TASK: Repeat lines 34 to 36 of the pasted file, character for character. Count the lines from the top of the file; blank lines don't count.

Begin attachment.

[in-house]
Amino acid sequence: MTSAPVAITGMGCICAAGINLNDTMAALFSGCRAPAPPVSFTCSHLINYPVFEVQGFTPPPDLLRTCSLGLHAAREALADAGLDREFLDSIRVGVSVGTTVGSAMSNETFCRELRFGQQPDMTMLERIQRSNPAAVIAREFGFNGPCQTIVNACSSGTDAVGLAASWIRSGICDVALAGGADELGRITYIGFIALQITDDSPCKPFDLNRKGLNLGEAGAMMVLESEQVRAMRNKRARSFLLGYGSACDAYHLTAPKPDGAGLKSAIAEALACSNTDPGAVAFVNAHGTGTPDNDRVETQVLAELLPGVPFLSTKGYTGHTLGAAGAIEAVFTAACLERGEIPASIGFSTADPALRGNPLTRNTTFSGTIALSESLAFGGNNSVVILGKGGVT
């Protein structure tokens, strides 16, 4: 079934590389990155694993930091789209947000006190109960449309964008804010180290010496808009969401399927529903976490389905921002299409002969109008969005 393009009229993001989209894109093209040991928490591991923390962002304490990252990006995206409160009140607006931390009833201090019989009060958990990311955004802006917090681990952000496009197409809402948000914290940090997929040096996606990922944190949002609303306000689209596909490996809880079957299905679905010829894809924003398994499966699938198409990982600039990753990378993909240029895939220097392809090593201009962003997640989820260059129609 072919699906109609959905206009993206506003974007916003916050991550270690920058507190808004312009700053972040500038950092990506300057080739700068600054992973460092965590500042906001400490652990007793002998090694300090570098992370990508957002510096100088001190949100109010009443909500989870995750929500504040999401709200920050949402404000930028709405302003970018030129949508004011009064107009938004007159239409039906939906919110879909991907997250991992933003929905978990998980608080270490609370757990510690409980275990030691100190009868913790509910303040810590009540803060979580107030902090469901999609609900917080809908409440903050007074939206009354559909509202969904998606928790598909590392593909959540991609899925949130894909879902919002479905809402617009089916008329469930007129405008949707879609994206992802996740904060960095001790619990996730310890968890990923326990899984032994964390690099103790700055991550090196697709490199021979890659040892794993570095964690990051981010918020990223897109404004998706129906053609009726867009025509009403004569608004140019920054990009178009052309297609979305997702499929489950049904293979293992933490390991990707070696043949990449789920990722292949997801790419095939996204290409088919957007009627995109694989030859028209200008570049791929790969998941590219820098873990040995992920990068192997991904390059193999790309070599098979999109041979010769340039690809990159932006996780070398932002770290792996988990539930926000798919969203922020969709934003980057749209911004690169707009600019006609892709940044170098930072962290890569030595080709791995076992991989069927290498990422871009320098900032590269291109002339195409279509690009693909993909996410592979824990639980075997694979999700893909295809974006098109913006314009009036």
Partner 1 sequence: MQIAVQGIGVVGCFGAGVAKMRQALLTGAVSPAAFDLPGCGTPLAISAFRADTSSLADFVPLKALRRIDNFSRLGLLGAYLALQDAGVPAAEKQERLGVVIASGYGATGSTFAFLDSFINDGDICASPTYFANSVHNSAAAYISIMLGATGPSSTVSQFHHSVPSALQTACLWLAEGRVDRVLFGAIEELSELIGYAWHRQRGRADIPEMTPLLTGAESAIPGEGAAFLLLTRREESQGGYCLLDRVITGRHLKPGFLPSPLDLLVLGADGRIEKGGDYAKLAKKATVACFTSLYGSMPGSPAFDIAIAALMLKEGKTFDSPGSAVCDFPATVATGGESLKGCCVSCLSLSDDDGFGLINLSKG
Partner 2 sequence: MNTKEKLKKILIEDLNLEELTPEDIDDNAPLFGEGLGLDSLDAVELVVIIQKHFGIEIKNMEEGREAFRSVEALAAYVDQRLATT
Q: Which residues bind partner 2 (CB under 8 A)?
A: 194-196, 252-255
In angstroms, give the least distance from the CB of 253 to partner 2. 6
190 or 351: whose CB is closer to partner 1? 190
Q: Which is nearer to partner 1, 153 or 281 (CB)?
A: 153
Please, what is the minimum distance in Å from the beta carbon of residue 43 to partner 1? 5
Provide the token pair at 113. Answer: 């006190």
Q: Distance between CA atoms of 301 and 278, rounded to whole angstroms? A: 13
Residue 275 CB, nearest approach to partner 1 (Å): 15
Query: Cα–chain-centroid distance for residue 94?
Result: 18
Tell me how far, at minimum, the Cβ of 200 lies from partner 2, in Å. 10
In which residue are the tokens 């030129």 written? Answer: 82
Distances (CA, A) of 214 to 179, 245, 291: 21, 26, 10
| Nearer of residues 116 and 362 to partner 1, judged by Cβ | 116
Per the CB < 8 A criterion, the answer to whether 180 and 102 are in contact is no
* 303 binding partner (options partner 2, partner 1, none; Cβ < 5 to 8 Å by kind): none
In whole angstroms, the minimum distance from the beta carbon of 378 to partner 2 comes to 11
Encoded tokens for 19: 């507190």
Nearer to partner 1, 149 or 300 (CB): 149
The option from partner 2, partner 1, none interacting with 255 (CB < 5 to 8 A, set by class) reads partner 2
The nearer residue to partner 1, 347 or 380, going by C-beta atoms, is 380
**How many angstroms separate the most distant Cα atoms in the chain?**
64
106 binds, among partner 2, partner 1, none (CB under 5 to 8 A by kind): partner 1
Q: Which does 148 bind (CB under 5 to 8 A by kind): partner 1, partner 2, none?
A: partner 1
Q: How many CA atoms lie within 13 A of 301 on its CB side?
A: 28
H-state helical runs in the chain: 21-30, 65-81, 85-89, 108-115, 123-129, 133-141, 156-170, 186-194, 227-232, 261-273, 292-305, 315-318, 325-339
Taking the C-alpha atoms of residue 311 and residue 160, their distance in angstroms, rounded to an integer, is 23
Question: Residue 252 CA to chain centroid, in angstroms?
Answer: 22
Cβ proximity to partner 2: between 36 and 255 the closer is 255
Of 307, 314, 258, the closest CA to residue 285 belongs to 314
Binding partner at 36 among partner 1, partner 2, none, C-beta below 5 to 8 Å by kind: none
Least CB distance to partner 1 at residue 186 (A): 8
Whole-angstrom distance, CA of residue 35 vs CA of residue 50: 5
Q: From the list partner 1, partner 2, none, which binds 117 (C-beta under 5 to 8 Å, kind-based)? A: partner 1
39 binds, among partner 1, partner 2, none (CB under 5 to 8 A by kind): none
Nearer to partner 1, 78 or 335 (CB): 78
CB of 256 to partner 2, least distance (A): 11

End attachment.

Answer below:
Q: How many CA atoms lie within 13 A of 301 on its CB side?
A: 28
H-state helical runs in the chain: 21-30, 65-81, 85-89, 108-115, 123-129, 133-141, 156-170, 186-194, 227-232, 261-273, 292-305, 315-318, 325-339